What Brooklyn looked like in summer 1820

I love these old paintings. If only I had a time machine, Brooklyn was quite a beautiful land way back then.

Ephemeral New York

Landscape artist Francis Guy painted “Summer View of Brooklyn” in 1820 from the vantage point of 11 Front Street in today’s DUMBO.

That means this collection of tidy barns and houses would be located under the Brooklyn Bridge. That even looks like a nascent Manhattan skyline, with steeples, in the distance.

Francisguysummerscene

Things have changed a lot in 195 years. A summer view of today’s Brooklyn from Front Street would look more like this, with crowds sweltering on line at Grimaldi’s pizza.

Frontstreetbrooklyn

Guy painted the same scene from Front Street in winter 1820 as well. The winter scene is more detailed, with various residents working and going about their day.

Who were the hardy Brooklynites he depicted? This key from the Brooklyn Museum decodes their names and which house belonged to who.

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Glowing beauty of the Brooklyn Bridge at night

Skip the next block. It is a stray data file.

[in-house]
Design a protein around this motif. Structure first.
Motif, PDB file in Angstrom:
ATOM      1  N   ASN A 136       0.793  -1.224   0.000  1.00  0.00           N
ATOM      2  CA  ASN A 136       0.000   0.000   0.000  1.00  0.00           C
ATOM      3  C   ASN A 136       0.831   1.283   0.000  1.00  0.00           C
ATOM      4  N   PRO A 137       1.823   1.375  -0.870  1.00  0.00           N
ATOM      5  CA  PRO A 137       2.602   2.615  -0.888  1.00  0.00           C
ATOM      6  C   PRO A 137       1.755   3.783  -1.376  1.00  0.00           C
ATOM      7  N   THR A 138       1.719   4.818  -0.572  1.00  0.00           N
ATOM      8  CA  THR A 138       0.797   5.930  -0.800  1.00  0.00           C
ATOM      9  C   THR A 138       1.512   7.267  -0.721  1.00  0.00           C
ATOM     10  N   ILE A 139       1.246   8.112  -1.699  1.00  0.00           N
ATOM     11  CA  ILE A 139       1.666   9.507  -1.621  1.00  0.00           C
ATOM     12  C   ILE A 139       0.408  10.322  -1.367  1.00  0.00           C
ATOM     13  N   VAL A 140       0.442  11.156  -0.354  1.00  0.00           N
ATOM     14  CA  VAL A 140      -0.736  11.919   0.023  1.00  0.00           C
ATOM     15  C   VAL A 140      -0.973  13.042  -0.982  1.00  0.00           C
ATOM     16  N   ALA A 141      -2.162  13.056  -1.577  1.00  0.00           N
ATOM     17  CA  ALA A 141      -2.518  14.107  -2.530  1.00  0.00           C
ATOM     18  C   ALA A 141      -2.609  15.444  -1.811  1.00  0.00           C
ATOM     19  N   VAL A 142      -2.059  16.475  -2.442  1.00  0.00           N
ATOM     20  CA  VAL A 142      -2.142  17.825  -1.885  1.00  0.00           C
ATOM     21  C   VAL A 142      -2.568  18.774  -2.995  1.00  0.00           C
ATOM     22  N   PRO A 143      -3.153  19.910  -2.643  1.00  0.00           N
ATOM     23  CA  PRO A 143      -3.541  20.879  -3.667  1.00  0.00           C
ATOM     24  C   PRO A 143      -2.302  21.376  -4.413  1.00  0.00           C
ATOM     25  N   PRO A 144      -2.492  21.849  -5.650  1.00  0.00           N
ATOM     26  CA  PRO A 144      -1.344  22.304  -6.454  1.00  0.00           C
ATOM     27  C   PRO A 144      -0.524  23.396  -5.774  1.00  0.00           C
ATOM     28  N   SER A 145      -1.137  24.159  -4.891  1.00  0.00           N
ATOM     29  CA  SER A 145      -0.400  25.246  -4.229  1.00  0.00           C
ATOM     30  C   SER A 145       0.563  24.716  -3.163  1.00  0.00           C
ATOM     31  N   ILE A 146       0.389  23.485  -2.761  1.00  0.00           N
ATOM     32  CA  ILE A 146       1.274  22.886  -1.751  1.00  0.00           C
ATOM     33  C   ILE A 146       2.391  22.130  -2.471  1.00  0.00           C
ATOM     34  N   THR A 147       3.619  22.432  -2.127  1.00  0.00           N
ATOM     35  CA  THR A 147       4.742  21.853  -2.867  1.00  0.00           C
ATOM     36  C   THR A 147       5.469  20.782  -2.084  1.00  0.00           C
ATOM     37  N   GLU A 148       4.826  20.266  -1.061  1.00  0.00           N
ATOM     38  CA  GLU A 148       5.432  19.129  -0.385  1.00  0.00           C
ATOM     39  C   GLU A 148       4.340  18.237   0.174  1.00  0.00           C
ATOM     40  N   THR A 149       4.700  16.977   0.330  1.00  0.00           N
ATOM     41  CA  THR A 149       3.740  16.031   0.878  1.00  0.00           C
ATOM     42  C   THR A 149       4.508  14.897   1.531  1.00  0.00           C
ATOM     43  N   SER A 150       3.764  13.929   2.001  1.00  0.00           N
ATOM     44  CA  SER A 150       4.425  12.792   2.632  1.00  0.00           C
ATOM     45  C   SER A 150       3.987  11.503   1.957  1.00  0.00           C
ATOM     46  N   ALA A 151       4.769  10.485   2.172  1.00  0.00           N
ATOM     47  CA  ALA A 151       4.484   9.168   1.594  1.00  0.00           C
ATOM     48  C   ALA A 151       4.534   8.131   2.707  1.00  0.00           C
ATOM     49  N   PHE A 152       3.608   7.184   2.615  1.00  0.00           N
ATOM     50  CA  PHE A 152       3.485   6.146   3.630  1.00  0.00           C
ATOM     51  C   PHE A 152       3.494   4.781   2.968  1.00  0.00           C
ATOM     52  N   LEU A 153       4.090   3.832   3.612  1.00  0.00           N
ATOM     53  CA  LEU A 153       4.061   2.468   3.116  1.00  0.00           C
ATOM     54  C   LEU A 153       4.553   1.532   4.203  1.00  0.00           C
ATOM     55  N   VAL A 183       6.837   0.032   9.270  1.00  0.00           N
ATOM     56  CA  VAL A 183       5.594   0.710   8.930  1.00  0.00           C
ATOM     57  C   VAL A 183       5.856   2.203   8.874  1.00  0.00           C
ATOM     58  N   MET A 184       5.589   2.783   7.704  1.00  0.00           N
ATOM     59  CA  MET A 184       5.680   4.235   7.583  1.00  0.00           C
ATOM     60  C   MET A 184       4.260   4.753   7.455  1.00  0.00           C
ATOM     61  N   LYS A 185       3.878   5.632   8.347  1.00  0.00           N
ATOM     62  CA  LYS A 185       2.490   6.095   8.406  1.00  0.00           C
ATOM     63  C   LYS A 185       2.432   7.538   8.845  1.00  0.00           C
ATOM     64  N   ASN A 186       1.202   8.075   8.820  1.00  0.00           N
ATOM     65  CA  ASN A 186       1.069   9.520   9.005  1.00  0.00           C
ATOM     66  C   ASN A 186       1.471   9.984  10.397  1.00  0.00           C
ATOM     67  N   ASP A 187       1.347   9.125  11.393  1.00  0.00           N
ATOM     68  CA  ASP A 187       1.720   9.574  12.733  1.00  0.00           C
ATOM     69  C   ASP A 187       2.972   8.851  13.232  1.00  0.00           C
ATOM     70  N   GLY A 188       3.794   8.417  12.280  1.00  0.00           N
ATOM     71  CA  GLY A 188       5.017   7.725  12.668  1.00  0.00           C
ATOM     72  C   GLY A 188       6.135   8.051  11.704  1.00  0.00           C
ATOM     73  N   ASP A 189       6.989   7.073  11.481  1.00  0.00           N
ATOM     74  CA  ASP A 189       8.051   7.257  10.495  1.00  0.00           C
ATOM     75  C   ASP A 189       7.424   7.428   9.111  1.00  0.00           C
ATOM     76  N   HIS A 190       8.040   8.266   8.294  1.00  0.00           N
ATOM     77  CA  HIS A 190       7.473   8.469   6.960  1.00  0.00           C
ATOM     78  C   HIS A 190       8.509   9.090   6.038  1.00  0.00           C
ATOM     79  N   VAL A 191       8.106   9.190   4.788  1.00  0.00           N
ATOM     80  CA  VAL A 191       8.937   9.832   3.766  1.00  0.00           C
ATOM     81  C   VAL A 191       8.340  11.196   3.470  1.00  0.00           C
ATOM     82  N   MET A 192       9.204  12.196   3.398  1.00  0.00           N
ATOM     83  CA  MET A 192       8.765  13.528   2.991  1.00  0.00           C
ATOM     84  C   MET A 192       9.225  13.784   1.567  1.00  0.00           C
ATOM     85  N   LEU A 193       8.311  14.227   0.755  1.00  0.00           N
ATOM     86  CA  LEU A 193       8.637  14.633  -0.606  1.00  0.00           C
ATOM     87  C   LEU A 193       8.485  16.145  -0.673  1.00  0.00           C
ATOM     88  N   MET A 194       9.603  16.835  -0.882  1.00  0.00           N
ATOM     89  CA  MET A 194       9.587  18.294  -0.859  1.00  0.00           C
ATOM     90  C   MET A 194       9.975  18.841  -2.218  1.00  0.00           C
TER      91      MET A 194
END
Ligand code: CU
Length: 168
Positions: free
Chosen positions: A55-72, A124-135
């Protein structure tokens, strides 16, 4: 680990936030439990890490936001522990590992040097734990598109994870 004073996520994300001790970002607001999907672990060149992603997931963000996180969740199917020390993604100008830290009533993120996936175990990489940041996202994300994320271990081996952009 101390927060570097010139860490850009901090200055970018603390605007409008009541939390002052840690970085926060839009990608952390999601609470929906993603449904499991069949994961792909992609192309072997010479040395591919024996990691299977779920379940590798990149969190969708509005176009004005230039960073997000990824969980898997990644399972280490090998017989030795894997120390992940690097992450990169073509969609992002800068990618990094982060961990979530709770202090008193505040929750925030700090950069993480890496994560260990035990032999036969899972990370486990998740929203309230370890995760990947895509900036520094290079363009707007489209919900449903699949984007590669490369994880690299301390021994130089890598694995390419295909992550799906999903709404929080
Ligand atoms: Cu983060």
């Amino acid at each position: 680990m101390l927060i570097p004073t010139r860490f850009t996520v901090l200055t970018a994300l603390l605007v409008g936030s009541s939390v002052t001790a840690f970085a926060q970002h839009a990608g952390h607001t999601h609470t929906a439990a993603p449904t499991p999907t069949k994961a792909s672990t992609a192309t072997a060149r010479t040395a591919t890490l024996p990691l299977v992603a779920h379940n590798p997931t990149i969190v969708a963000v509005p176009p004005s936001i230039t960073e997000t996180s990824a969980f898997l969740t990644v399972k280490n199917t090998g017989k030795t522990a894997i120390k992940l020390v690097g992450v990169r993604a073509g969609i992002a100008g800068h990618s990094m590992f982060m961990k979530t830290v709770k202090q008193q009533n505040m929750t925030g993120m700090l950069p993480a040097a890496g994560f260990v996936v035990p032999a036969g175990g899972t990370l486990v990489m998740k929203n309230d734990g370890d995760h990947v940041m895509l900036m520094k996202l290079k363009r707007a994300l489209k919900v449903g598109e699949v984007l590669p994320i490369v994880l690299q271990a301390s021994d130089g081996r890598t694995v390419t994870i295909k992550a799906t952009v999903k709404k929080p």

I love paintings like this! It would be a beautiful print to have on the wall.

Ephemeral New York

Now this is enchantment: the globes of light from the bridge deck, the boat lights illuminating the East River, the twinkling skyline of lower Manhattan.

Brooklynbridgenightpostcard

“This view shows the well known Brooklyn Bridge in the foreground, and the most prominent of New York’s skyscrapers in the distance,” reads the back of this postcard.

“This scene is probably more familiar than any other to the multitude of people living in Greater New York.”

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More cute creative old Business postcards courtesy of the Brooklyn Public Library.

Ephemeral New York

The Brooklyn Public Library has a wonderful digitized collection of late 19th century business cards from hundreds of shops and companies located in the teeming city of Brooklyn.

JVDubernellcard

They’re whimsical and imaginative—and some honor the cold weather while advertising their goods, like J.V. Dubernell, tailor.

His shop was at 331 and 333 Fulton Avenue, and his suits sound kind of expensive for the era.

Bostonstorebusinesscard

That’s some sled illustrated in this card, for this clothing store, which comes off like the L.L. Bean of the time. Check out these prices for trendy wool cloaks!

Amespaintdealercard

This sweet scene advertises the business of a paint dealer. Sumpter Street is in today’s Bedford-Stuyvesant, quite a bit away from the other businesses, which are located closer to downtown Brooklyn in what was the fashionable shopping area of the time.

Perhaps a paint store was not welcome on refined Fulton Street?

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